Regarding the article "No `Right' to Health Care," June 28: Many other nations believe that health care for their citizens is a right and have acted on that belief. In fact, nations that provide health care as a right have contained the cost of the care much more successfully than the United States.
For example, from 1960 to 1990 health expenditures as a percent of gross domestic product increased from 3.9 percent to 6.2 percent for Britain, from 4.8 percent to 8.1 percent from West Germany, and from 5.5 percent to 9.0 percent for Canada. Compare these statistics to an increase from 5.2 percent to 12.4 percent for the US.
There are no data to suggest that citizens in these other countries receive care inferior to that given here.
In fact, data for 1988 show that these nations have lower infant mortality rates and longer life expectancies.
From this, we can see that blaming the American consumer of health care for the spiraling cost of the US system is specious. A more plausible, but only partial, explanation for the spiraling cost of care is that a majority of US physicians provide care under a fee-for-service system. This provides an incentive for the physician to overtreat and to overcharge for the treatment.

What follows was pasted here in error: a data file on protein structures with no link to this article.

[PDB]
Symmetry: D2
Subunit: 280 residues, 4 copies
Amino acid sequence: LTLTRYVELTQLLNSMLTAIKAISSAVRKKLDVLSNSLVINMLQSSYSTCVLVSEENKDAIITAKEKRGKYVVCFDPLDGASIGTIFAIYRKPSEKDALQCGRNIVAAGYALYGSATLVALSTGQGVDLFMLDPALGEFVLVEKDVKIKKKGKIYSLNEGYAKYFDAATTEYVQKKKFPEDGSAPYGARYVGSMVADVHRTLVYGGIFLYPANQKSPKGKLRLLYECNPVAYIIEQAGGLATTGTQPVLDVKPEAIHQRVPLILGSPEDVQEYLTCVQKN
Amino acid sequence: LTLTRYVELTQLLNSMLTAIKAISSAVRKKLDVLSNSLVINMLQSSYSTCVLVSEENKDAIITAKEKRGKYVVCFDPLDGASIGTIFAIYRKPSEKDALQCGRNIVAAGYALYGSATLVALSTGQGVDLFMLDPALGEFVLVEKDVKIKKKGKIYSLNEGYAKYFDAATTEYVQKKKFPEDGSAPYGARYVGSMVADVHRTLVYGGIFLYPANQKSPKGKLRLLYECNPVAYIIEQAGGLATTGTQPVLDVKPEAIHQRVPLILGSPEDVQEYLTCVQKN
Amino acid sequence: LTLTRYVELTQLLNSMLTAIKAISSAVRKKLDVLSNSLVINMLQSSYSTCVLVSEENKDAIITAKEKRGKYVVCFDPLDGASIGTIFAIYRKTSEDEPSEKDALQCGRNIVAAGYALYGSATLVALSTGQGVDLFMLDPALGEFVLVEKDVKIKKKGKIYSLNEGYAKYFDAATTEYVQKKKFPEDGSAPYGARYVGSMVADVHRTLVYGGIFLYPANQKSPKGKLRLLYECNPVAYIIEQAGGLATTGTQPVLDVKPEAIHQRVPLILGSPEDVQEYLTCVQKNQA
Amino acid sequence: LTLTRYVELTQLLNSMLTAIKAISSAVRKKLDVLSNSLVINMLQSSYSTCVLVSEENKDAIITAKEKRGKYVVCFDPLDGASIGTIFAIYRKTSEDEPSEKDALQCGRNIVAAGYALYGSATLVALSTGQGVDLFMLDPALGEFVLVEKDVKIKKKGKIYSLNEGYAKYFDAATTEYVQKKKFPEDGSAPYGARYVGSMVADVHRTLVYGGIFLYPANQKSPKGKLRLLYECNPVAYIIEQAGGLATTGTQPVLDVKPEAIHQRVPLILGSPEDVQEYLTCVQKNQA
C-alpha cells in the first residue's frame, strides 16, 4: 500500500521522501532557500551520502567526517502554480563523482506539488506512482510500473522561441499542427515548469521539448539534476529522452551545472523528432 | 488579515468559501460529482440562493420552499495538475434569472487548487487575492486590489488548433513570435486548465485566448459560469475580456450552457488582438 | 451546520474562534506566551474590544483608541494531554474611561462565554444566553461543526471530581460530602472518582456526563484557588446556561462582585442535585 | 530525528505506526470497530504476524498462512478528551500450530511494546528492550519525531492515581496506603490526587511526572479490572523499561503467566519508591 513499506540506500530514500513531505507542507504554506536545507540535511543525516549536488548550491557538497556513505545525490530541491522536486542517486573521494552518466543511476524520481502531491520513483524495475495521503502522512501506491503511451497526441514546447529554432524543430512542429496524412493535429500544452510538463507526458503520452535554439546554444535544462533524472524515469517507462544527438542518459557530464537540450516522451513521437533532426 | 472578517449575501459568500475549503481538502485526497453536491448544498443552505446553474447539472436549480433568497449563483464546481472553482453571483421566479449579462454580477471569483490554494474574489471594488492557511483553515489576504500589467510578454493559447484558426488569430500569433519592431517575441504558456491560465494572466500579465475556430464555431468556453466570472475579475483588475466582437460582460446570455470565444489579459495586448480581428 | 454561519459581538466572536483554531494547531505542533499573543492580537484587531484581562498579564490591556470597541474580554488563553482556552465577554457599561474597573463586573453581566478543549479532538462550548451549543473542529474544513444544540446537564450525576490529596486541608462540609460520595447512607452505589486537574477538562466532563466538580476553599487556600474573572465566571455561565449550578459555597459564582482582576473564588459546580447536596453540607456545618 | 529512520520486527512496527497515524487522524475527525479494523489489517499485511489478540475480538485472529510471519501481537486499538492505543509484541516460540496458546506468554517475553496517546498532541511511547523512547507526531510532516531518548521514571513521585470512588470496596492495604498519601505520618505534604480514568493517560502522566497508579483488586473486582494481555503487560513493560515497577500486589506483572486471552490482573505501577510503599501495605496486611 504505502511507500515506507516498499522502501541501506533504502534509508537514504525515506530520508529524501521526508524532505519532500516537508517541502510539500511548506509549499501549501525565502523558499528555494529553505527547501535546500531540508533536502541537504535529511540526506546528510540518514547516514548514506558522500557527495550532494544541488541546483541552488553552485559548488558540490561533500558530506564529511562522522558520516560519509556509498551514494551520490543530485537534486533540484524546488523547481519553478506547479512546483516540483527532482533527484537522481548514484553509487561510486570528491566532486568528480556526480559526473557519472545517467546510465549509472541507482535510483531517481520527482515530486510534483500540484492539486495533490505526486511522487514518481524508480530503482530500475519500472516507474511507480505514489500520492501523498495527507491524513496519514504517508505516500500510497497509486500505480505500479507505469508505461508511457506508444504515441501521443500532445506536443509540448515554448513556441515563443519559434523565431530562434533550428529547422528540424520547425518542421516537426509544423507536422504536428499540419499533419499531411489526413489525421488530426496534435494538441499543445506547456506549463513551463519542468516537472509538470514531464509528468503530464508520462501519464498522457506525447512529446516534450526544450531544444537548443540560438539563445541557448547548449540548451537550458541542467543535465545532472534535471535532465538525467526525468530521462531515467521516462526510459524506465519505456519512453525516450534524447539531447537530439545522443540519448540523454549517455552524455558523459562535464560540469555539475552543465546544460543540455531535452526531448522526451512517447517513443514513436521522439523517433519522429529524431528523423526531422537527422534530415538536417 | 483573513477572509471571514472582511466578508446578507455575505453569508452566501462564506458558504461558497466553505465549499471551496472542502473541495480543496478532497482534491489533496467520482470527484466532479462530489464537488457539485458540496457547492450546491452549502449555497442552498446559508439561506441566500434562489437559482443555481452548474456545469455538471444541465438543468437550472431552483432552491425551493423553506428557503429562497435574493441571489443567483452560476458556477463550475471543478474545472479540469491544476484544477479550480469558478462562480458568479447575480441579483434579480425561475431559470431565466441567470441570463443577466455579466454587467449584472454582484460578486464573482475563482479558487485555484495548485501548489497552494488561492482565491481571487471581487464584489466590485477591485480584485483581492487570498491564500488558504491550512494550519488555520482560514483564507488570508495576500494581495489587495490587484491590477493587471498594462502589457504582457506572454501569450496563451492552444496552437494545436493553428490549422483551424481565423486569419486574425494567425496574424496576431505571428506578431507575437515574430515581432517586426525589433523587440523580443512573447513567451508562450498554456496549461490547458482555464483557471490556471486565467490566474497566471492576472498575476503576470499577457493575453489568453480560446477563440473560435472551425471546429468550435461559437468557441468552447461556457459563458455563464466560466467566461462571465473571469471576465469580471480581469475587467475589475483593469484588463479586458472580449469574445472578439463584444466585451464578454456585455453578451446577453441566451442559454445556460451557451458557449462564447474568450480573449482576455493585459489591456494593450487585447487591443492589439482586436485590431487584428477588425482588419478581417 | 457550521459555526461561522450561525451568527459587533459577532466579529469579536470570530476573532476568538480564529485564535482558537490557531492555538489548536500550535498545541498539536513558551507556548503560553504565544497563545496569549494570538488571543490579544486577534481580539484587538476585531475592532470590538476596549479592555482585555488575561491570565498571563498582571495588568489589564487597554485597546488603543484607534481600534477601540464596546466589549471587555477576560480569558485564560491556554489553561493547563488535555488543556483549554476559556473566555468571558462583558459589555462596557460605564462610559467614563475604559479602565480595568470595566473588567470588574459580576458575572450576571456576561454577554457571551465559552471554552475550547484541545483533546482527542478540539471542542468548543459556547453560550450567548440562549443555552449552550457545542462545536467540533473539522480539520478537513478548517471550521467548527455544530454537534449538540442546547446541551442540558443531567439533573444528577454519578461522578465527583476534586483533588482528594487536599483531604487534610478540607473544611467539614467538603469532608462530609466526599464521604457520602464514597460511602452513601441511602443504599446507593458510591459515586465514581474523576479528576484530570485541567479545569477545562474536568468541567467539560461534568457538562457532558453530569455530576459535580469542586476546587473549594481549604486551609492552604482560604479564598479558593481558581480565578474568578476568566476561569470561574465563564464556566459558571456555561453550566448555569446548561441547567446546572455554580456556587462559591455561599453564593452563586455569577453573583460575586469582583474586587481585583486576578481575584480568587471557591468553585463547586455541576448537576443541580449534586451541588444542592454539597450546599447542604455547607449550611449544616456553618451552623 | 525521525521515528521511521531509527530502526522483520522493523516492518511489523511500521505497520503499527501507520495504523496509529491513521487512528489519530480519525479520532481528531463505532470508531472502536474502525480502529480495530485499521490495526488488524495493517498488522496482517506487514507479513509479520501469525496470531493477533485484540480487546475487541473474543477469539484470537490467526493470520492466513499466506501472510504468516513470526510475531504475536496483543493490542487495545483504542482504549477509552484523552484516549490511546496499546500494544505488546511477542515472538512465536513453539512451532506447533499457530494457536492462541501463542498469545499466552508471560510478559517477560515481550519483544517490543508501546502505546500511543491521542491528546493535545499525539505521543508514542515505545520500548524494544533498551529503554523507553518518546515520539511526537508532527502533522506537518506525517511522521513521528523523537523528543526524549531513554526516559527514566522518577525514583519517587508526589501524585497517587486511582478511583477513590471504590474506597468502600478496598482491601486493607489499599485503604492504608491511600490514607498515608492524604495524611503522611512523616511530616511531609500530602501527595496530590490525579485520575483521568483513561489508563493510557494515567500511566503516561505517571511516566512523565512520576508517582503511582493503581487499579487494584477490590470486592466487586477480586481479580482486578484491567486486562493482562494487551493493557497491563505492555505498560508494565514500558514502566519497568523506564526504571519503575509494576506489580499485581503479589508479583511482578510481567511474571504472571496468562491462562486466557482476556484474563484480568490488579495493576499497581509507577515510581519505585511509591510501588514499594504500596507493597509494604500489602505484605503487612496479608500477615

A better payment system is the capitation system with salaried physicians, which eliminates the incentive to overtreat and overcharge while still safeguarding the health of the patient.
Under capitation, both the physician and the system are responsible for the care of the patient throughout the patient's lifetime. Hence, there is a strong motivation to encourage preventive care and to provide care when it is needed. Ronald Forthofer, Longmont Colo.
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